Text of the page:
The Cornish Miners
   —or, in America, the “Cousin Jacks”

Originally from Cornwall, Cornish miners like Matthew Penhallow and James Reskelly’s father played a critical role in opening the American West by providing the knowledge and experience necessary to extract the rich veins of gold, copper, and silver that lay hidden deep within the earth. When these men and their families came to America, they brought with them strong religious convictions, a great love for music, and a vivid imagination.

Where is Cornwall?

Seaside landscape in Cornwall

Cornwall is located on the southwestern tip of England on a large peninsula that divides the English Channel on the south from the Celtic Sea on the north. With contributions from the Celts, Romans, Angles, and Saxons, the land and its people have a rich and colorful heritage. The coastline is filled with tales of pirates, smugglers, and mermaids that dwell and hide among its coves and rocky cliffs, while the land itself is home to the legend of King Arthur. And deep beneath the earth, in mines that snake through the ground, one can sometimes see and hear the tommyknockers.

The Cornish Contribution to Mining

For many Cornish, mining has been a way of life for over a thousand years. Their forefathers picked tin and copper from the ground long before written history and by the 15th century, they had learned to harvest the ores buried deep in the ground. When gold and silver were discovered in the American West, the Cornish miners were ranked among the world’s greatest hard-rock miners. According to Thomas A. Rickard in A History of American Mining (1932, 248), the Cornishmen “knew better than anyone how to break rock, how to timber bad ground, and how to make the other fellow shovel it, tram it and hoist it.”

Cornish miner, or Cousin Jack, with miner's lunch pail

When the tin and copper mines failed in Cornwall during the mid-1800s, many Cornish men and women immigrated to the mining frontiers of North America. They settled in Pennsylvania, Michigan, Wisconsin, Illinois, Montana, South Dakota, Arizona, Utah, Nevada, California, and Colorado. Called “Cousin Jacks” and “Cousin Jennies” in the new territories, these men and women brought with them words that became the standard language of mining: mine pits were shafts; horizontal tunnels were levels; tunnels connecting two levels were winzes and raises, depending on the direction they were cut; and drainage tunnels were adits. The miner’s candlestick and lunch bucket came from Cornwall, along with the Cornish pump that dewatered the mine and the miner's Code of Signals that enabled the hoister to communicate with miners below. More importantly, the Cornish miner brought expertise and an eye for new innovations. Many subsequent inventions made in the American mining industry were achieved by men of Cornish descent.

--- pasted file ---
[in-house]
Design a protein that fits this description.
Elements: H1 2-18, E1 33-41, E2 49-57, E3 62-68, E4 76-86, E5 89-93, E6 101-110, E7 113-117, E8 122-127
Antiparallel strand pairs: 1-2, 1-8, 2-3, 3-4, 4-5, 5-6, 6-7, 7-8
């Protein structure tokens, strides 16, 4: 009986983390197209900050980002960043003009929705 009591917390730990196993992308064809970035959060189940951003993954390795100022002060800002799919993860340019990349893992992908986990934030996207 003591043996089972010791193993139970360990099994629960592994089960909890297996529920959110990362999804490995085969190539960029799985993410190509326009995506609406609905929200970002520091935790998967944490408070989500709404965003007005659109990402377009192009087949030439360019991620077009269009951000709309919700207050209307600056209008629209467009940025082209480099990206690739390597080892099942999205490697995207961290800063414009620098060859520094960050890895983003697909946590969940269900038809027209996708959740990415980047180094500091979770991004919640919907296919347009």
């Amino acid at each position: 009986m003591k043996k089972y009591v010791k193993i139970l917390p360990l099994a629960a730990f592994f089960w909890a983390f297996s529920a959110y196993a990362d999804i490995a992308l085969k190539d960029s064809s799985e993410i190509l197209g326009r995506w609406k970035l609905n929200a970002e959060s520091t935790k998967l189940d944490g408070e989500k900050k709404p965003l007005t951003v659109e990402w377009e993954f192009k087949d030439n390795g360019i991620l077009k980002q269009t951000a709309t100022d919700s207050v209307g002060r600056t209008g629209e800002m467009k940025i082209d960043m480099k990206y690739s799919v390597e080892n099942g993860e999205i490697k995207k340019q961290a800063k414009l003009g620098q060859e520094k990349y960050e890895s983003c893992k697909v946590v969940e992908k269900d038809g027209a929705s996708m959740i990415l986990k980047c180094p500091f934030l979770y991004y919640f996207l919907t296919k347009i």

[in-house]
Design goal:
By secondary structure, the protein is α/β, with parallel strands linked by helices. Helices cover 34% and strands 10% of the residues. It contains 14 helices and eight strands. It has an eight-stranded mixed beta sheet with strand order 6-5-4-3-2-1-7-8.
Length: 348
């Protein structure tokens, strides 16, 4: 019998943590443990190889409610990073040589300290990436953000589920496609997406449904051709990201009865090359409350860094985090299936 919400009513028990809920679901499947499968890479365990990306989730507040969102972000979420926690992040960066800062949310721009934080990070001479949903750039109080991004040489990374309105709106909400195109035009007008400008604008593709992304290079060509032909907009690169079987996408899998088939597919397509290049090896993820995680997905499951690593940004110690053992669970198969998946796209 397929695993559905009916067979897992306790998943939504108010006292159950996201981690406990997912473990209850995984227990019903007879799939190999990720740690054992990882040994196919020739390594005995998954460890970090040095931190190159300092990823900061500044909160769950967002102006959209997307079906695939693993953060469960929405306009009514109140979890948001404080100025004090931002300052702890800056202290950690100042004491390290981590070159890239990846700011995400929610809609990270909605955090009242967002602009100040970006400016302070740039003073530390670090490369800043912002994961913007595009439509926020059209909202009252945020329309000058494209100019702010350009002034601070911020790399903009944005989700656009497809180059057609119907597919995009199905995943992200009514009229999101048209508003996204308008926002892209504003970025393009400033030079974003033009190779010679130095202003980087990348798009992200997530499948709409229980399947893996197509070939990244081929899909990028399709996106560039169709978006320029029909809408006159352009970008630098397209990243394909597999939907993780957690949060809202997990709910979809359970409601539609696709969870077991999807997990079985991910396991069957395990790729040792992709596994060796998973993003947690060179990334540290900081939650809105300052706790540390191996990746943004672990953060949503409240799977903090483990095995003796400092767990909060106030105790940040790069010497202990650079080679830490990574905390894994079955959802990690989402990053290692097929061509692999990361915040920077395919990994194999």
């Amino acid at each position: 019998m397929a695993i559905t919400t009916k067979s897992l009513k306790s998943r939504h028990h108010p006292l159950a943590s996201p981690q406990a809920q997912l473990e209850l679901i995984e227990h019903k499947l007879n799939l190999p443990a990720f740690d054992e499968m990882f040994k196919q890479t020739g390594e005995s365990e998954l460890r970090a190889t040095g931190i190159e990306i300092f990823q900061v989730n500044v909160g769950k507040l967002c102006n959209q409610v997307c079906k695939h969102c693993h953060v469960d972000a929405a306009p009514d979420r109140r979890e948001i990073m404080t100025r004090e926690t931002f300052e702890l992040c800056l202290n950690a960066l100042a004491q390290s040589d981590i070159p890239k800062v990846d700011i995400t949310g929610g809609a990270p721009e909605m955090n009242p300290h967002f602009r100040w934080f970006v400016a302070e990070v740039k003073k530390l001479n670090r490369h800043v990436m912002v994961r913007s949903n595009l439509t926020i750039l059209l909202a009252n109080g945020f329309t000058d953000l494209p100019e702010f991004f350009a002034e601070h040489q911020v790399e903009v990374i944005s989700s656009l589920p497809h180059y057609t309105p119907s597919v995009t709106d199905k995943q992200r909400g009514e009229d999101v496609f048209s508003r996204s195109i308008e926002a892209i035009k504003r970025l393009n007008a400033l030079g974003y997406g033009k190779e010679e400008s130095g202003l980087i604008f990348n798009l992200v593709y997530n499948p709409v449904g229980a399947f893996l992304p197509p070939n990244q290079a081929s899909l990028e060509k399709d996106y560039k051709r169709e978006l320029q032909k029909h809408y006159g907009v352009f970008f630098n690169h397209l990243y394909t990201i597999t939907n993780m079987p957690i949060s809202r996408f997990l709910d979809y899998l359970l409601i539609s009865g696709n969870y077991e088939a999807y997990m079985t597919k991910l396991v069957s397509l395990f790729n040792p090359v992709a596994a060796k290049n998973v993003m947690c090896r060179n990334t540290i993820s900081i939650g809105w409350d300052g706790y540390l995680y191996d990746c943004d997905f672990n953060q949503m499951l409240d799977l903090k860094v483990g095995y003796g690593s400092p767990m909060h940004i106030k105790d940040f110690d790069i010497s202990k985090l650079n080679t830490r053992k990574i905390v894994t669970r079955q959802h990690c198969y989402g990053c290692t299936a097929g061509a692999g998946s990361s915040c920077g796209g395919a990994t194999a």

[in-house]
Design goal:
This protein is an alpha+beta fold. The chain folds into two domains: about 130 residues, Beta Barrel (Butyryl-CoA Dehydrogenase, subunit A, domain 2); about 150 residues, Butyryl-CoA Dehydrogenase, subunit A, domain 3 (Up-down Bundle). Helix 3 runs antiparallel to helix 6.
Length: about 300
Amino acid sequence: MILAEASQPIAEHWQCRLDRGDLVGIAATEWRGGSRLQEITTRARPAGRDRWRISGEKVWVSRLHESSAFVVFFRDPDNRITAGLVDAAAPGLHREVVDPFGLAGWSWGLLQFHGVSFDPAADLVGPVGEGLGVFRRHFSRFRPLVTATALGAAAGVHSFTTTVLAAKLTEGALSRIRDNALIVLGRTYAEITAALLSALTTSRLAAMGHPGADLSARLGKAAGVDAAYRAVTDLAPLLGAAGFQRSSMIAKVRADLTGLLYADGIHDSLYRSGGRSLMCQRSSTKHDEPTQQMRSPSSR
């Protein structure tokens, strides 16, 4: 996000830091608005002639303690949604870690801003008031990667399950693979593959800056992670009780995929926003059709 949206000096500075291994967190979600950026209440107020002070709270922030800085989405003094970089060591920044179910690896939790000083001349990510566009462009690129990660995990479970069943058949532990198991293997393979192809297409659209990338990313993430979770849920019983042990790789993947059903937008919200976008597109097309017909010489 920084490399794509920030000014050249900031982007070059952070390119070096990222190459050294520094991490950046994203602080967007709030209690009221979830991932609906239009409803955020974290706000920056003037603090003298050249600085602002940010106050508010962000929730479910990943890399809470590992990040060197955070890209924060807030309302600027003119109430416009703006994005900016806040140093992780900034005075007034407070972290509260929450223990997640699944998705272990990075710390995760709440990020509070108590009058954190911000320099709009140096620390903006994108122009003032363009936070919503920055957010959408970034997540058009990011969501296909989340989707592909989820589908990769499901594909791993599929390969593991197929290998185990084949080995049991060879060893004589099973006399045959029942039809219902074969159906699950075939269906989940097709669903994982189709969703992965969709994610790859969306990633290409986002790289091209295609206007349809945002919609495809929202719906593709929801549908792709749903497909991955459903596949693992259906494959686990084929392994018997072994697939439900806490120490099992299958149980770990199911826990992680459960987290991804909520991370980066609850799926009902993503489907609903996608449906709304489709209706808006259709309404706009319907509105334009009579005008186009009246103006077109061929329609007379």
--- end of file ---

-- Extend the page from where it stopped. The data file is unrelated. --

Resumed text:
The Cornish and their Music

In the late-1800s, life in America’s mining towns was harsh and demanding, but the Cornish miners knew how to liven things up. Known for their love of music, they sang at church, in saloons, and at the mines. “Blackbirds and Thrushes,” the song overheard by Kathy Henley in Riddle in the Mountain, was a favorite among the Caribou, Colorado Cornish miners. In addition to singing, the Cousin Jacks found other ways to engage in music. They often formed brass bands to entertain each other and, in some of the larger towns, they built opera houses to attract professional performers, adding a touch of culture to the otherwise rough life of mining.

Caribou Silver Cornet Band

The Cornish Dialect

Wherever the Cornish went, they brought with them a distinctive dialect that baffled their fellow miners. As a result, many mining communities contained “Cousin Jack” stories poking fun at their unusual language and brogue. The Cousin Jacks often misused pronouns and verbs with phrases such “us don’t belong to she” and “her be some brave.” They also dropped or added h’s in certain words turning “here” into “’ere” and “ears” into “hears.” In addition, they had their own unique set of words. “Grass” meant the surface of a mine, a “bal” was a mine, and a “cobba” was a lout, or dispicable fellow. To understand all of their words, one would need a Cornish dialect dictionary.

One Cousin Jack story talks about a Cornish miner visiting the town doctor and complaining to the nurse:

“Es ‘ave a sore ouzel and can’t clunk.”

The nurse couldn’t understand what he was saying. Can you?

Additional Resources

Rickard, T.A. 1932. A History of American Mining. McGraw-Hill Book Company, Inc., New York.

Rowse, A.L. 1969. The Cousin Jacks: The Cornish in America. Charles Scribner’s Sons, New York.

Thomas, N. G. 1998. The Long Winter Ends. Wayne State University, Detroit, Michigan.

Todd, A. C. 1967. The Cornish Miner in America. Arthur H. Clark Co., Spokane, Washington.

The Contemplator’s Folk Music Website by Lesley Nelson-Burns. This is a wonderful site for hearing and exploring the traditional folk music of England, Scotland, Ireland, Wales, and America.

Old tin mine in Cornwall
©2006 Daryl Burkhard. All Rights Reserved.